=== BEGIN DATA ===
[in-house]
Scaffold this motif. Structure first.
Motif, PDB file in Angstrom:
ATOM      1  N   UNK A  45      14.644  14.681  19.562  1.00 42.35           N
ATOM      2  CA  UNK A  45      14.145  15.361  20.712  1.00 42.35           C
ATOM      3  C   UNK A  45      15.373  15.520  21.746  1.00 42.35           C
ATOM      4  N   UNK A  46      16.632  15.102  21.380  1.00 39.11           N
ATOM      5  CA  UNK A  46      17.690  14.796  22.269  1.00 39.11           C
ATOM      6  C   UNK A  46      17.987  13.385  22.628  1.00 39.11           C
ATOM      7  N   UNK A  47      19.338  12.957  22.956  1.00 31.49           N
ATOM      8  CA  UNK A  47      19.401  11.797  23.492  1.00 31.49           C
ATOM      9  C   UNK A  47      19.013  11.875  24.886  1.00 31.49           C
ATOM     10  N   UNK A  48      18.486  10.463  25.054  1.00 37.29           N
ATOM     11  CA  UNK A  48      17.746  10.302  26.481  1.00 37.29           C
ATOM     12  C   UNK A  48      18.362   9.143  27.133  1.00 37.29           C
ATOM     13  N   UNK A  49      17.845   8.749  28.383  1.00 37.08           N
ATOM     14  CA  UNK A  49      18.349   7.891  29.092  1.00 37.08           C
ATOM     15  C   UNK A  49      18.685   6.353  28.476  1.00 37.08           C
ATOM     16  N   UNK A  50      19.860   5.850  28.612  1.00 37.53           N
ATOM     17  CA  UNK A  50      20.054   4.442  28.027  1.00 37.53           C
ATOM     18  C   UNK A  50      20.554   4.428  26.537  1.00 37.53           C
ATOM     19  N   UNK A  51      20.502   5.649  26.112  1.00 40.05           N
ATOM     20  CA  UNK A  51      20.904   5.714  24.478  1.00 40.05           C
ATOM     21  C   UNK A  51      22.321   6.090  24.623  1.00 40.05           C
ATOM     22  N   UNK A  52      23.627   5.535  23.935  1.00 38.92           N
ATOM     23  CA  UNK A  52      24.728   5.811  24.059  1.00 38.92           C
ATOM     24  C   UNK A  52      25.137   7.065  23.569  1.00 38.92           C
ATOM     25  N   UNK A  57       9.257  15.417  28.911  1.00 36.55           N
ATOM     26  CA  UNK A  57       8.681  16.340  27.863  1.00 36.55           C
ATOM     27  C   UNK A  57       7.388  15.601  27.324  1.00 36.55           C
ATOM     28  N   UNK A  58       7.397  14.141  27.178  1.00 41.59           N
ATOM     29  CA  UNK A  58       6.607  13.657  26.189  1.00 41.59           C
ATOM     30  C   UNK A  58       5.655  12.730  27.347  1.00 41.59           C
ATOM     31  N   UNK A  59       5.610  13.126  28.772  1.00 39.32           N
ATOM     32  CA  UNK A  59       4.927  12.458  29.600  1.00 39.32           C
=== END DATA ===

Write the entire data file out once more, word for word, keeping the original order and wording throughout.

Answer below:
[in-house]
Scaffold this motif. Structure first.
Motif, PDB file in Angstrom:
ATOM      1  N   UNK A  45      14.644  14.681  19.562  1.00 42.35           N
ATOM      2  CA  UNK A  45      14.145  15.361  20.712  1.00 42.35           C
ATOM      3  C   UNK A  45      15.373  15.520  21.746  1.00 42.35           C
ATOM      4  N   UNK A  46      16.632  15.102  21.380  1.00 39.11           N
ATOM      5  CA  UNK A  46      17.690  14.796  22.269  1.00 39.11           C
ATOM      6  C   UNK A  46      17.987  13.385  22.628  1.00 39.11           C
ATOM      7  N   UNK A  47      19.338  12.957  22.956  1.00 31.49           N
ATOM      8  CA  UNK A  47      19.401  11.797  23.492  1.00 31.49           C
ATOM      9  C   UNK A  47      19.013  11.875  24.886  1.00 31.49           C
ATOM     10  N   UNK A  48      18.486  10.463  25.054  1.00 37.29           N
ATOM     11  CA  UNK A  48      17.746  10.302  26.481  1.00 37.29           C
ATOM     12  C   UNK A  48      18.362   9.143  27.133  1.00 37.29           C
ATOM     13  N   UNK A  49      17.845   8.749  28.383  1.00 37.08           N
ATOM     14  CA  UNK A  49      18.349   7.891  29.092  1.00 37.08           C
ATOM     15  C   UNK A  49      18.685   6.353  28.476  1.00 37.08           C
ATOM     16  N   UNK A  50      19.860   5.850  28.612  1.00 37.53           N
ATOM     17  CA  UNK A  50      20.054   4.442  28.027  1.00 37.53           C
ATOM     18  C   UNK A  50      20.554   4.428  26.537  1.00 37.53           C
ATOM     19  N   UNK A  51      20.502   5.649  26.112  1.00 40.05           N
ATOM     20  CA  UNK A  51      20.904   5.714  24.478  1.00 40.05           C
ATOM     21  C   UNK A  51      22.321   6.090  24.623  1.00 40.05           C
ATOM     22  N   UNK A  52      23.627   5.535  23.935  1.00 38.92           N
ATOM     23  CA  UNK A  52      24.728   5.811  24.059  1.00 38.92           C
ATOM     24  C   UNK A  52      25.137   7.065  23.569  1.00 38.92           C
ATOM     25  N   UNK A  57       9.257  15.417  28.911  1.00 36.55           N
ATOM     26  CA  UNK A  57       8.681  16.340  27.863  1.00 36.55           C
ATOM     27  C   UNK A  57       7.388  15.601  27.324  1.00 36.55           C
ATOM     28  N   UNK A  58       7.397  14.141  27.178  1.00 41.59           N
ATOM     29  CA  UNK A  58       6.607  13.657  26.189  1.00 41.59           C
ATOM     30  C   UNK A  58       5.655  12.730  27.347  1.00 41.59           C
ATOM     31  N   UNK A  59       5.610  13.126  28.772  1.00 39.32           N
ATOM     32  CA  UNK A  59       4.927  12.458  29.600  1.00 39.32           C